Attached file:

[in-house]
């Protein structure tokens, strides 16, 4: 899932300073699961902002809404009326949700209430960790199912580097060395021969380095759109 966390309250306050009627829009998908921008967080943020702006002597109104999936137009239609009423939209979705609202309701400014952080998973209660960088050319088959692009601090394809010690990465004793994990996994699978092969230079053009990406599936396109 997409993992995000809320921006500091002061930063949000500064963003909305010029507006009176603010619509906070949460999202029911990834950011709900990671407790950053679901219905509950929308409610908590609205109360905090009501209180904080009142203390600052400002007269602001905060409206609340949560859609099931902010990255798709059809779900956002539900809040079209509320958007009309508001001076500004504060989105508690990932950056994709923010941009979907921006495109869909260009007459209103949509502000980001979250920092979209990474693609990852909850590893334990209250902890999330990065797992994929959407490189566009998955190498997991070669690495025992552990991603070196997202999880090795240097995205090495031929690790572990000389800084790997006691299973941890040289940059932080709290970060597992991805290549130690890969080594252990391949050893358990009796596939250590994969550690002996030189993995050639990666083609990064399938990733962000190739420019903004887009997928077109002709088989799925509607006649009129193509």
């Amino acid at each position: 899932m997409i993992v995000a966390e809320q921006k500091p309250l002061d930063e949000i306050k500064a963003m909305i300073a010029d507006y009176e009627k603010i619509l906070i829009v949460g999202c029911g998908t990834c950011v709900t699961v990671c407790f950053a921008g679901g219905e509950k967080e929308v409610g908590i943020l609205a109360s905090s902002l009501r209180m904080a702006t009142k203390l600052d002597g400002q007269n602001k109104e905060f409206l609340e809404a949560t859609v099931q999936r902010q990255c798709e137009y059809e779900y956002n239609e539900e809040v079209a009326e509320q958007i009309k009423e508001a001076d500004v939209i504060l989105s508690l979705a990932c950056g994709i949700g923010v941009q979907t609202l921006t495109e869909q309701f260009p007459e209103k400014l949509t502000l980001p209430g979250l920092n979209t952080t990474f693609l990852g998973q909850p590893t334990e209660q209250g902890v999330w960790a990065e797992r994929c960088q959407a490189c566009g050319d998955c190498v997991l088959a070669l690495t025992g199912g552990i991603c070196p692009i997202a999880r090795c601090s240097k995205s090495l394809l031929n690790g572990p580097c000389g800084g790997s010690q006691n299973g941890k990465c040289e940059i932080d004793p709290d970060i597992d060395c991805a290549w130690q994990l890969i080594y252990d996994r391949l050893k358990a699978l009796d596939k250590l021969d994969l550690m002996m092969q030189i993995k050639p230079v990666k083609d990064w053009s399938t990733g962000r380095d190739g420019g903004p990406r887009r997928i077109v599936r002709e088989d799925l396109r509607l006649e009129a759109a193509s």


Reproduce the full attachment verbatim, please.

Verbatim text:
[in-house]
């Protein structure tokens, strides 16, 4: 899932300073699961902002809404009326949700209430960790199912580097060395021969380095759109 966390309250306050009627829009998908921008967080943020702006002597109104999936137009239609009423939209979705609202309701400014952080998973209660960088050319088959692009601090394809010690990465004793994990996994699978092969230079053009990406599936396109 997409993992995000809320921006500091002061930063949000500064963003909305010029507006009176603010619509906070949460999202029911990834950011709900990671407790950053679901219905509950929308409610908590609205109360905090009501209180904080009142203390600052400002007269602001905060409206609340949560859609099931902010990255798709059809779900956002539900809040079209509320958007009309508001001076500004504060989105508690990932950056994709923010941009979907921006495109869909260009007459209103949509502000980001979250920092979209990474693609990852909850590893334990209250902890999330990065797992994929959407490189566009998955190498997991070669690495025992552990991603070196997202999880090795240097995205090495031929690790572990000389800084790997006691299973941890040289940059932080709290970060597992991805290549130690890969080594252990391949050893358990009796596939250590994969550690002996030189993995050639990666083609990064399938990733962000190739420019903004887009997928077109002709088989799925509607006649009129193509």
């Amino acid at each position: 899932m997409i993992v995000a966390e809320q921006k500091p309250l002061d930063e949000i306050k500064a963003m909305i300073a010029d507006y009176e009627k603010i619509l906070i829009v949460g999202c029911g998908t990834c950011v709900t699961v990671c407790f950053a921008g679901g219905e509950k967080e929308v409610g908590i943020l609205a109360s905090s902002l009501r209180m904080a702006t009142k203390l600052d002597g400002q007269n602001k109104e905060f409206l609340e809404a949560t859609v099931q999936r902010q990255c798709e137009y059809e779900y956002n239609e539900e809040v079209a009326e509320q958007i009309k009423e508001a001076d500004v939209i504060l989105s508690l979705a990932c950056g994709i949700g923010v941009q979907t609202l921006t495109e869909q309701f260009p007459e209103k400014l949509t502000l980001p209430g979250l920092n979209t952080t990474f693609l990852g998973q909850p590893t334990e209660q209250g902890v999330w960790a990065e797992r994929c960088q959407a490189c566009g050319d998955c190498v997991l088959a070669l690495t025992g199912g552990i991603c070196p692009i997202a999880r090795c601090s240097k995205s090495l394809l031929n690790g572990p580097c000389g800084g790997s010690q006691n299973g941890k990465c040289e940059i932080d004793p709290d970060i597992d060395c991805a290549w130690q994990l890969i080594y252990d996994r391949l050893k358990a699978l009796d596939k250590l021969d994969l550690m002996m092969q030189i993995k050639p230079v990666k083609d990064w053009s399938t990733g962000r380095d190739g420019g903004p990406r887009r997928i077109v599936r002709e088989d799925l396109r509607l006649e009129a759109a193509s």